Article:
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Global commandos flock to Palm Harbor to discuss future of Special Operations

French army Maj. Gen. Daniel Grammatico, a chief of staff to the European Union's military operation, is coming to Palm Harbor, where he will appear at the Global SOF Foundation Symposium being held at the Innisbrook Golf and Spa Resort in Palm Harbor. [Photo courtesy of the Global SOF Foundation.]
French army Maj. Gen. Daniel Grammatico, a chief of staff to the European Union's military operation, is coming to Palm Harbor, where he will appear at the Global SOF Foundation Symposium being held at the Innisbrook Golf and Spa Resort in Palm Harbor. [Photo courtesy of the Global SOF Foundation.]
Published Feb. 19, 2018

Commando leaders from around the globe are coming to Pinellas County this week to discuss common threats in an increasingly unstable world.

Most European Union members "are either growing or reinforcing" their special operations forces, French Maj. Gen Daniel Grammatico said in an email to the Tampa Bay Times.

That represents a big change from 2013, when the draw-down in Afghanistan brought fears that international special operations would lose budgets and their reason for being.

Grammatico said various threats since, including the so-called Islamic State, jihadi attacks in Europe and Russian hybrid warfare in Ukraine "have clearly dispelled those worries."

Grammatico, who serves as an EU military chief of staff, is one of several commando leaders attending the Global SOF Foundation Symposium this week at the Innisbrook Golf and Spa Resort in Palm Harbor. The symposium is designed to get international special operations leaders together to figure out the best ways they can collaborate.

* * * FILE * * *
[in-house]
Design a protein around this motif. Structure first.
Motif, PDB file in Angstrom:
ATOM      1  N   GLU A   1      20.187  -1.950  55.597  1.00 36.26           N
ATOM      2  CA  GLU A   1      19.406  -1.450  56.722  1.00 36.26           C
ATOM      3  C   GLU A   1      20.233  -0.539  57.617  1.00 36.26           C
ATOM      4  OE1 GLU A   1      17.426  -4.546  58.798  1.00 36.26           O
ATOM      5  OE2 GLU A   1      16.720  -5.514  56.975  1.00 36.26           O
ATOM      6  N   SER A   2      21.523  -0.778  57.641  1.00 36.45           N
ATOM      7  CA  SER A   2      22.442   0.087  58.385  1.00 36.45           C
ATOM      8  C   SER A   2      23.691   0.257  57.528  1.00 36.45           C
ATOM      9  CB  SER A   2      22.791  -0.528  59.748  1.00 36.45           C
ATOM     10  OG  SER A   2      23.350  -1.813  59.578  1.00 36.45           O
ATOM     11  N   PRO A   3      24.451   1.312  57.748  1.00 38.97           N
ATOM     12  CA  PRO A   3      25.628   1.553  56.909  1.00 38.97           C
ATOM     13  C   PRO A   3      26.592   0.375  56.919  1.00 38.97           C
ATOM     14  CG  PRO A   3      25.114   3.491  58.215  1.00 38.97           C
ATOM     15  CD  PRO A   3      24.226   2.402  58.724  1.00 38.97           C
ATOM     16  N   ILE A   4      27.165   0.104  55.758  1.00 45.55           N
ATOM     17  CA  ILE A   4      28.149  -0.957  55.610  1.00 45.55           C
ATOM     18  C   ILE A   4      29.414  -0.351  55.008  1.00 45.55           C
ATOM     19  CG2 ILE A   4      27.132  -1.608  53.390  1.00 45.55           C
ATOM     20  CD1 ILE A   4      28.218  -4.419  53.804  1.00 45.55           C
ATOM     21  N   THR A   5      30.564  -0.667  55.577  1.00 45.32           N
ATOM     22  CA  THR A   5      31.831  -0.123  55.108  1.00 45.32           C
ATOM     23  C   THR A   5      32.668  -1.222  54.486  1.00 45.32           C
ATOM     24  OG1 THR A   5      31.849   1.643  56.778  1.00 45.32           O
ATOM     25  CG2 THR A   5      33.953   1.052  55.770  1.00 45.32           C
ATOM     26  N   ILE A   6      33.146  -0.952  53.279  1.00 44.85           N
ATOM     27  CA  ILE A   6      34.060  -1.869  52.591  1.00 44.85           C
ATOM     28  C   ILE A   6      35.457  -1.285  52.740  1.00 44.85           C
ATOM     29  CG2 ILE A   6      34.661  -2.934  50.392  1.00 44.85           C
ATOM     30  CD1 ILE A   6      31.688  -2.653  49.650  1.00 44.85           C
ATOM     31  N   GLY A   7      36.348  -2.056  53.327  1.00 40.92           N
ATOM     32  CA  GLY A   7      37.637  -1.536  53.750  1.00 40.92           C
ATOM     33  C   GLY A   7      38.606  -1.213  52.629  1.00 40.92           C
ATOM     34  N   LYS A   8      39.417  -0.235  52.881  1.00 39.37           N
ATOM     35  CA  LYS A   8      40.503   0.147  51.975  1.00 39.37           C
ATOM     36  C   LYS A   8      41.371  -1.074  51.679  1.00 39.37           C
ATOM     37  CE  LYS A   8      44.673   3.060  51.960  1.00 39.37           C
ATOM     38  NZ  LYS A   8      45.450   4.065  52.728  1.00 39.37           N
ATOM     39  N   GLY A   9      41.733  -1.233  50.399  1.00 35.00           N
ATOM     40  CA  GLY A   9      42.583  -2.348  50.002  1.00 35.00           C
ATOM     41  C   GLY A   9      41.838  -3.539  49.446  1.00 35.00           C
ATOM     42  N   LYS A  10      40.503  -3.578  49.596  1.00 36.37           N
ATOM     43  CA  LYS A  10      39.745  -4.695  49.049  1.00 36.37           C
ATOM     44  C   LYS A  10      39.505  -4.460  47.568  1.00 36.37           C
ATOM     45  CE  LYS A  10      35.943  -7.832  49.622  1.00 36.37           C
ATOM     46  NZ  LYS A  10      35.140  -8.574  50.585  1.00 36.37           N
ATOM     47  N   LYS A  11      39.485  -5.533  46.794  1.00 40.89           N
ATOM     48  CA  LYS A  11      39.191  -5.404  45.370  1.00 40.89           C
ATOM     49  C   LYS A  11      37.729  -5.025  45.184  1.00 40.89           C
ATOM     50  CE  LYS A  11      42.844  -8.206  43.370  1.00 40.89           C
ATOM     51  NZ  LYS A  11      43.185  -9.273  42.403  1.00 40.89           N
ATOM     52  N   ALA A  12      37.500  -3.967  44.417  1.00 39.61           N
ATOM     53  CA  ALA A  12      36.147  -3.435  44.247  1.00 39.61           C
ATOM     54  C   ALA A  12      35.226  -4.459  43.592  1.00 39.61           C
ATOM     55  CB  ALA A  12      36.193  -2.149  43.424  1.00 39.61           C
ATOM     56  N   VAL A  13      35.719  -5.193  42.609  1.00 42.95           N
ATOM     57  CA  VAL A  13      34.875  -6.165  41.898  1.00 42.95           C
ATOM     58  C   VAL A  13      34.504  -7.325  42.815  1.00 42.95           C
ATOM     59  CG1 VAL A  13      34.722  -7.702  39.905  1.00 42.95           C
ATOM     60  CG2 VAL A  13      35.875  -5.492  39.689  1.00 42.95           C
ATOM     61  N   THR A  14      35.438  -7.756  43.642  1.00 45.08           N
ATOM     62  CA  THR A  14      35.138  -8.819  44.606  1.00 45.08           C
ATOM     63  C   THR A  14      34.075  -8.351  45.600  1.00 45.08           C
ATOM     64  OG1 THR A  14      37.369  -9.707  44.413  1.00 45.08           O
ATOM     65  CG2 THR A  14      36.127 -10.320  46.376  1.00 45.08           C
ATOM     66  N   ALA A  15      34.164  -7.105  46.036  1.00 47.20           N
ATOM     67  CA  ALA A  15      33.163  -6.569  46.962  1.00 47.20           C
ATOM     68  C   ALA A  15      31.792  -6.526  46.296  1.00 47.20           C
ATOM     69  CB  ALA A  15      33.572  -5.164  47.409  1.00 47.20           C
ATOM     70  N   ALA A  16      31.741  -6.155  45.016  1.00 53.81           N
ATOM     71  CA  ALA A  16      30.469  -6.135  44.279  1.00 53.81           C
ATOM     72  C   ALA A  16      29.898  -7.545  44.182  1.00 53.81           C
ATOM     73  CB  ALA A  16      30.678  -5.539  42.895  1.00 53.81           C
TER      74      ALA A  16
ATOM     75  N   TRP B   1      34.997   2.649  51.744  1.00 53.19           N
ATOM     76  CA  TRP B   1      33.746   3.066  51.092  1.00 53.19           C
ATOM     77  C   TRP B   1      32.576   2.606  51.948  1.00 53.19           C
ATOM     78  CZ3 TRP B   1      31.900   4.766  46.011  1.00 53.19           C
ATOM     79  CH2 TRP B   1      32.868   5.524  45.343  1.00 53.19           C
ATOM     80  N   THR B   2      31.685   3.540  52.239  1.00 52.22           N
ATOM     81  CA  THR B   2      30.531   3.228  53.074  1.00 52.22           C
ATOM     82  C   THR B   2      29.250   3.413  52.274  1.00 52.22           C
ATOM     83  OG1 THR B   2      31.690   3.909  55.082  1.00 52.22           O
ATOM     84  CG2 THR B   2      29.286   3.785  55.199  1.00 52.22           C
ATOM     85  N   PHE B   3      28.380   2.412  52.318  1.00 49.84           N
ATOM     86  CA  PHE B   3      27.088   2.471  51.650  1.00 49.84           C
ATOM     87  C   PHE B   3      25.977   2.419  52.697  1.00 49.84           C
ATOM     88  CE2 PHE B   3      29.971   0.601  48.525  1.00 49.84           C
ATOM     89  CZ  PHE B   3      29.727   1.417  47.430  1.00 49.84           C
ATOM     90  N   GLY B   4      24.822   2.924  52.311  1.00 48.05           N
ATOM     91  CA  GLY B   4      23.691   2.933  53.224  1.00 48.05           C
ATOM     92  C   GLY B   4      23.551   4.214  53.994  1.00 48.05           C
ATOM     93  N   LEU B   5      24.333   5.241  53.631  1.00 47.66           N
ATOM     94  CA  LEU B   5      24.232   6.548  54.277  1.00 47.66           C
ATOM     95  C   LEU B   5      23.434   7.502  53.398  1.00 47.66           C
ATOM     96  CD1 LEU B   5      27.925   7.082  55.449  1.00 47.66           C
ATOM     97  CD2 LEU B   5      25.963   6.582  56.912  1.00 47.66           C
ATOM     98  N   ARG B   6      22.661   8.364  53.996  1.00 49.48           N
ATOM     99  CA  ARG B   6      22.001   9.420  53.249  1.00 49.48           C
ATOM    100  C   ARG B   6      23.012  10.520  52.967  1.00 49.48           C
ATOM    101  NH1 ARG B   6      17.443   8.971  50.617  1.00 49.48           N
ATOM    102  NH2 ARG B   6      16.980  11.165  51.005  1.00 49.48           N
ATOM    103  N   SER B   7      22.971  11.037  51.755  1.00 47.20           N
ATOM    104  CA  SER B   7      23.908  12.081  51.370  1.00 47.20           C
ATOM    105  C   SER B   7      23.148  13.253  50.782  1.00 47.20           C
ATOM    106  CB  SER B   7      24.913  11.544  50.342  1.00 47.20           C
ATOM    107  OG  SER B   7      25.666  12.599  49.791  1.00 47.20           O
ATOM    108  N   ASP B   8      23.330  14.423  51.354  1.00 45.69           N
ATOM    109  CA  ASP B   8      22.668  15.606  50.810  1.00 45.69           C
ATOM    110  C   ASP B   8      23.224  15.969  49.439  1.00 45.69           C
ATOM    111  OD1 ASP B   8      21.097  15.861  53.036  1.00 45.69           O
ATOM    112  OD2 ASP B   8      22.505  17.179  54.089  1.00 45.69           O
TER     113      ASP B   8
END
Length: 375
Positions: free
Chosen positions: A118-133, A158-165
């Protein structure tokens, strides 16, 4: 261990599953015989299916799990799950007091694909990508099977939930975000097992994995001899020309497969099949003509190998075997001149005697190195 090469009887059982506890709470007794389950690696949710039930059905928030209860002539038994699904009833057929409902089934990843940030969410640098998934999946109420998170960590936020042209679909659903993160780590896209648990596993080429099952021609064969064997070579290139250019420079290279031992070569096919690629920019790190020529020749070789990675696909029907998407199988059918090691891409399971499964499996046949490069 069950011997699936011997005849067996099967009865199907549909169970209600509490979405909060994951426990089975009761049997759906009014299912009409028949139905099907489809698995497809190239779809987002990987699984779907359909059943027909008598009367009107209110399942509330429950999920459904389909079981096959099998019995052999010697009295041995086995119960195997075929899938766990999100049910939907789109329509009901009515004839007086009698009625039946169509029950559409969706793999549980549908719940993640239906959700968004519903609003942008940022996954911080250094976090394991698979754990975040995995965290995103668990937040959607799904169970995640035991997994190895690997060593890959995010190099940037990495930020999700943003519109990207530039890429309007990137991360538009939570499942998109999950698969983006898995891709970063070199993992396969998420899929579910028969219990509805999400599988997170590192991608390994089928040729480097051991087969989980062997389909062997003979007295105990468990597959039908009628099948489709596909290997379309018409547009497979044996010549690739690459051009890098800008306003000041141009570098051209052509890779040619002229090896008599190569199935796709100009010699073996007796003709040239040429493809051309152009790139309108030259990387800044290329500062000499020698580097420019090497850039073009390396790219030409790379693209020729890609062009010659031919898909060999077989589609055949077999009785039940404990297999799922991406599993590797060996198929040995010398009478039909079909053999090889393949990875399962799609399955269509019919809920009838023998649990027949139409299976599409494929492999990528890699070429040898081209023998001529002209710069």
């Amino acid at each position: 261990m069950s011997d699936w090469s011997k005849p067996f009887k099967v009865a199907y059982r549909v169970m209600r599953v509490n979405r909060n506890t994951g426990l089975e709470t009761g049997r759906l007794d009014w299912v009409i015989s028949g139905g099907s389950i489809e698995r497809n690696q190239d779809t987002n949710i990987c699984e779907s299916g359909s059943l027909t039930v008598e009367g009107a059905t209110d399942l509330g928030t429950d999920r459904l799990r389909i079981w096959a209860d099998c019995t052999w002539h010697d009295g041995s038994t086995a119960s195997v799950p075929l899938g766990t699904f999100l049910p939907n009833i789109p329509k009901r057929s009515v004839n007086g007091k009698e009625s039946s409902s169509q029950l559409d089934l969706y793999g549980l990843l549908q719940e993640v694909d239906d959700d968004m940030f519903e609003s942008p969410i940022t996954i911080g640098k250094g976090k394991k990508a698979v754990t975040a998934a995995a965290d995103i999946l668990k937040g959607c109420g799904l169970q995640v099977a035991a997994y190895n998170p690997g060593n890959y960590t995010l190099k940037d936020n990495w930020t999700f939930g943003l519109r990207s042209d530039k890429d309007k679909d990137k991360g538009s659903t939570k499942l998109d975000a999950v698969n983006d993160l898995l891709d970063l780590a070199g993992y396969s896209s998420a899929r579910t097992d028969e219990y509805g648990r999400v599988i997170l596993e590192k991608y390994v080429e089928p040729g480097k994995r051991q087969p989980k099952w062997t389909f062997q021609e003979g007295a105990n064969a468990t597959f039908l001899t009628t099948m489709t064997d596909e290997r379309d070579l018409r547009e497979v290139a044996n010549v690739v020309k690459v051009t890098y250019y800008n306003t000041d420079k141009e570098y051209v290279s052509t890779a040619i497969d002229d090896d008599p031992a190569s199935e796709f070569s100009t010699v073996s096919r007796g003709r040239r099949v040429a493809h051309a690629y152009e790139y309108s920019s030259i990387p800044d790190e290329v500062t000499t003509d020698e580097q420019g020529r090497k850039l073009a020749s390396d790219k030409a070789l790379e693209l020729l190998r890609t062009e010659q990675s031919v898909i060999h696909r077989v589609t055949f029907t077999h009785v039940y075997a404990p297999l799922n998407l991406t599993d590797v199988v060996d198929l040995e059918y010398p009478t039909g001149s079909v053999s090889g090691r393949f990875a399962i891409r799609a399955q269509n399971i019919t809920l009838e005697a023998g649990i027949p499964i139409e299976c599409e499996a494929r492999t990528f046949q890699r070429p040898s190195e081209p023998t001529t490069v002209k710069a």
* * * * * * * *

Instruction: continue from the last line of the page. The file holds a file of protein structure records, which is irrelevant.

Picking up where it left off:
"We now have massive development in special operations globally," said foundation founder Stu Bradin, a retired Army colonel who served at U.S. Special Operations Command at MacDill Air Force Base. "Spending is happening everywhere. Now the question is how do you integrate that?"

The symposium comes as President Donald Trump has proposed a nearly 11 percent budget increase, to $13.6 billion, for SoCom. That includes an additional 1,700 civilian and military support personnel.

The command, headquartered at MacDill, is tasked with fielding fully trained and equipped Navy SEALs and special boat crews, Army Green Berets, Delta Force and Rangers, Marine Raider and Air Force commandos.

"Special operations forces played an integral role as part of the joint force in the destruction of ISIS' physical caliphate in Syria and Iraq," SOCom's commander, Army Gen. Raymond A. Thomas III, said during Congressional testimony last week. "We continue to have outsized effects around the globe.''

France has increased its special operations forces by about 1,000, said Grammatico. But the bigger trend, he said, is an increase in units that support commandos, including drone operations, electronic warfare and cyber warfare units. More EU nations are now engaging with international partners, Grammatico said, and Special Operations Forces "are often regarded as a very versatile tool in that context."

Hungary, for instance, is growing its commando operations, said Sandor Fabian, a retired Hungarian Special Operations Forces lieutenant colonel who will speak at the symposium.

He said Hungary had a special unit during the cold war, a long-range reconnaissance battalion, that later morphed into an American-style Special Forces battalion that served in Iraq and Afghanistan. It has grown into an even larger unit since, with more growth on the horizon.

The symposium runs from Feb. 19-21. Visit www.global
sofsymposium.org/us.

Contact Howard Altman at haltman@tampabay.com or (813) 225-3112. Follow @haltman.